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4 Benefits of Group Therapy in Recovery

If you’ve never been to group therapy before, the thought of it might not appeal to you. After all, if you’re already struggling with, say, anxiety or depression, discussing your problems is hard enough without having to discuss them in front of other people. However, even if you are skeptical, you may be surprised how helpful group therapy can be. Here is why group therapy is a valuable part of so many treatment programs.

1. You see you’re not alone.

When you’re struggling with addiction or mental health issues, it’s common to feel isolated. You feel like you’re the only one who can’t get out of bed or can’t handle the thought of going to party where you don’t know many people.

When you participate in group therapy, you see that actually a lot of people feel the same way and have the same struggles. You don’t feel so uniquely burdened. When you talk about your challenges, you know some other people there have had the same problems.

2. You get better feedback.

It’s easy to understand other people’s problems and hard to understand our own. In group therapy, you can get honest feedback from supportive people. Having this perspective forces you to be honest with yourself and helps you distinguish valid concerns from rationalizations. In this respect, group therapy may be better than individual therapy.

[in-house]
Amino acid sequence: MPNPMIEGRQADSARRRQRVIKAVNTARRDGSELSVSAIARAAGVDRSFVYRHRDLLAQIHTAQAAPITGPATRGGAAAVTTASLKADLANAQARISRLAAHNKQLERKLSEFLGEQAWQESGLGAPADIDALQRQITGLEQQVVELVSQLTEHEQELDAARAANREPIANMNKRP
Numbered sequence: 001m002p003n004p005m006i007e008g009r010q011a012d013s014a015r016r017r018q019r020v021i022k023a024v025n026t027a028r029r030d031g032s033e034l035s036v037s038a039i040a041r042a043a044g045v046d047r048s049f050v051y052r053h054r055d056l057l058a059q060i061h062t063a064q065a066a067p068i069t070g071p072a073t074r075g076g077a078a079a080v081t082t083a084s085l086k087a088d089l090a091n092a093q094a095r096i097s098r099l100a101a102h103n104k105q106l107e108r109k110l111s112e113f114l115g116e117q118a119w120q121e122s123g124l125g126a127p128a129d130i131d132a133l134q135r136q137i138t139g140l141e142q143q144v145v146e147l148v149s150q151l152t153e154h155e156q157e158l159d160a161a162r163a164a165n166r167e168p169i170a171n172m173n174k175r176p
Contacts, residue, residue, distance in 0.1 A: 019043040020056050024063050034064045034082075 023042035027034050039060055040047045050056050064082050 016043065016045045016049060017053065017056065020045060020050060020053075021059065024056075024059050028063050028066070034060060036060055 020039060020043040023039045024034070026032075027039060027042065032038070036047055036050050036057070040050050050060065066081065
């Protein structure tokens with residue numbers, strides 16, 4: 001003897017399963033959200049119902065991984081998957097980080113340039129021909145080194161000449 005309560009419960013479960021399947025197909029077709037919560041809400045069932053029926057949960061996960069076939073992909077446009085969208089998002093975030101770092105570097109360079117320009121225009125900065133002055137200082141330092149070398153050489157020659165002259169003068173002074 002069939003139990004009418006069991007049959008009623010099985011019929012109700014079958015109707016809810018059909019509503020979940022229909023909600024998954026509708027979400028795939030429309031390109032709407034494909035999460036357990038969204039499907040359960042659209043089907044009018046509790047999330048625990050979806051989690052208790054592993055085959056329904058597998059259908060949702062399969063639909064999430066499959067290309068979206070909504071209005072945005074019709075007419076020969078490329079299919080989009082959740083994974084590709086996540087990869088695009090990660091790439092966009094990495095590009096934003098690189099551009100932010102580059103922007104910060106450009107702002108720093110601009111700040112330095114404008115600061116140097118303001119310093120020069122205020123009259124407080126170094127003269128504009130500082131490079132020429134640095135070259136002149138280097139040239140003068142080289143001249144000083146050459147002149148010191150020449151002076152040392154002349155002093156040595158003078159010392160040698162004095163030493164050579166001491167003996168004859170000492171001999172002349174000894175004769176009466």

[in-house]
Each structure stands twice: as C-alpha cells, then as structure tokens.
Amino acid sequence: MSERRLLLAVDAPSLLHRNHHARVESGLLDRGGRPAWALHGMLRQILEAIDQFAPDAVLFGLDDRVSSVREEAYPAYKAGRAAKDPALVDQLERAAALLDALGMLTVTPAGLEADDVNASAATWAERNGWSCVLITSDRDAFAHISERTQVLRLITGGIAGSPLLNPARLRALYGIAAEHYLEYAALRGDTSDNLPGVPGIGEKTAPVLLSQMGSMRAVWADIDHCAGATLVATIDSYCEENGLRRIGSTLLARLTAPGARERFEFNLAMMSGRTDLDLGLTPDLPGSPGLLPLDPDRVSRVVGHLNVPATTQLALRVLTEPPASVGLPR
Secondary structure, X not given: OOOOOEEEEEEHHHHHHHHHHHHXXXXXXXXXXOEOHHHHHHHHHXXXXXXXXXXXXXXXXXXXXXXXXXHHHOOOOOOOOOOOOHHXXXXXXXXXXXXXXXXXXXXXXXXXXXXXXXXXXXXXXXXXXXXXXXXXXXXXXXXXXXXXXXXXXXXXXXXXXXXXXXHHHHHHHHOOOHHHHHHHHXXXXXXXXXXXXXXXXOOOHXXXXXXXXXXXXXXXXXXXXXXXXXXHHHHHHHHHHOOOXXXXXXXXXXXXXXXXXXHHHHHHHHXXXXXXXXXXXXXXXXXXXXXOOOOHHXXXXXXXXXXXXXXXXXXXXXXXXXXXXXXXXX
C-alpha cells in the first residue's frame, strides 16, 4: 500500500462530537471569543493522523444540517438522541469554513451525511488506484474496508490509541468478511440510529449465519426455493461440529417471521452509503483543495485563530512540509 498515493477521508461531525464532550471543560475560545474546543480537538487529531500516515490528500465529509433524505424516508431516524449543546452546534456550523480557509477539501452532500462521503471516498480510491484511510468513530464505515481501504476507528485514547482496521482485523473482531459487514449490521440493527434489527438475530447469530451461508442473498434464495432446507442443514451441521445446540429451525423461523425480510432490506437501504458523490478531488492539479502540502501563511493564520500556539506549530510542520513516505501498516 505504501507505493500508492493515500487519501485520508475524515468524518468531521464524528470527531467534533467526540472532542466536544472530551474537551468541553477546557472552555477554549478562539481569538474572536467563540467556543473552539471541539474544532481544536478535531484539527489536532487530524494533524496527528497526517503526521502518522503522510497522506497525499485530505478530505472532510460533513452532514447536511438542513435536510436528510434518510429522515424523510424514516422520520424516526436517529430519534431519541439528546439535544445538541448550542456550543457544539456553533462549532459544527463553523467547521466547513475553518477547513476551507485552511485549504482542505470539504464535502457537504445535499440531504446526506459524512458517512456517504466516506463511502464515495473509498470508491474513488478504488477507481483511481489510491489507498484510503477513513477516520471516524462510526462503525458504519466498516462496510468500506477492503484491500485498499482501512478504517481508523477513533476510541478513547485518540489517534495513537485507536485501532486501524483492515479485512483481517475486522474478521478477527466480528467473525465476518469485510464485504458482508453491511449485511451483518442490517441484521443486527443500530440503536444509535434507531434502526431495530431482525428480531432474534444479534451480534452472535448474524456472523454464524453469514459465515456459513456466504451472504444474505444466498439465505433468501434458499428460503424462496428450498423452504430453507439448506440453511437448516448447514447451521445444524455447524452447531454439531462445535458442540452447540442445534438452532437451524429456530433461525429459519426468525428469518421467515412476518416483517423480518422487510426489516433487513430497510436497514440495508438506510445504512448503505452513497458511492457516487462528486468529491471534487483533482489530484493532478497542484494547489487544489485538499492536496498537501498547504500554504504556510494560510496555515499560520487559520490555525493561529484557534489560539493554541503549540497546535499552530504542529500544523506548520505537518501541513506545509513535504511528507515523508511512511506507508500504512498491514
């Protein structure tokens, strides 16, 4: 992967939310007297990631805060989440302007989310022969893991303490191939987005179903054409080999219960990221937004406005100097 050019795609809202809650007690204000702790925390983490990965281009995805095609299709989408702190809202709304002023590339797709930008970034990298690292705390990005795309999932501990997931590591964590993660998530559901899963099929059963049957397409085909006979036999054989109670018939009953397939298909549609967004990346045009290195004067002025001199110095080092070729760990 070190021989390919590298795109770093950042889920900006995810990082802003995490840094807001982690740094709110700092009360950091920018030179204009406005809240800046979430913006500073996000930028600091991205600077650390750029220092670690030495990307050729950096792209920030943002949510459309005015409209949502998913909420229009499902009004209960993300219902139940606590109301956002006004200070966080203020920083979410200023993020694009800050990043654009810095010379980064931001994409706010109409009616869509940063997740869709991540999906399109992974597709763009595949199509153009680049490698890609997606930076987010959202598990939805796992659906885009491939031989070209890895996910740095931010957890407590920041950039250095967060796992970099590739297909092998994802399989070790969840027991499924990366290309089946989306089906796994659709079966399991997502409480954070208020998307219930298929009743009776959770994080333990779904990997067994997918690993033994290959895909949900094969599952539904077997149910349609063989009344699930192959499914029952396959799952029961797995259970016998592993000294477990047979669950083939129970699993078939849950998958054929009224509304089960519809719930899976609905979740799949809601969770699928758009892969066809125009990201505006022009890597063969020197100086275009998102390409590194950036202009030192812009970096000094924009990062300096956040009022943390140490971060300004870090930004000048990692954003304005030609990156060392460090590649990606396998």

You may suspect that a therapist doesn’t really understand your position, or that her assessment is just one of many possibilities. When several people who really do understand your position give you the same feedback, you are more likely to take it seriously.

3. You can practice social skills.

Often, poor social skills are a factor in mental illness or addiction. Many people have trouble being assertive or even articulating what they feel. Being honest about your feelings without alienating others, giving constructive criticism without being mean, and patiently resolving misunderstandings are all skills that require practice. Group therapy can be a safe place to learn these skills. As you get better at them, you will see improvements in your relationships outside the group.

4. The group is a good support system.

Everyone in the group is at a different place. Some people will have made a lot of progress and can be an example for your own recovery goals. Other people will really be struggling and you can help them out. That not only helps the other person, but it also makes you feel better about yourself. What’s more, you will know that whatever challenges you face, you will have a group that will listen and support you.

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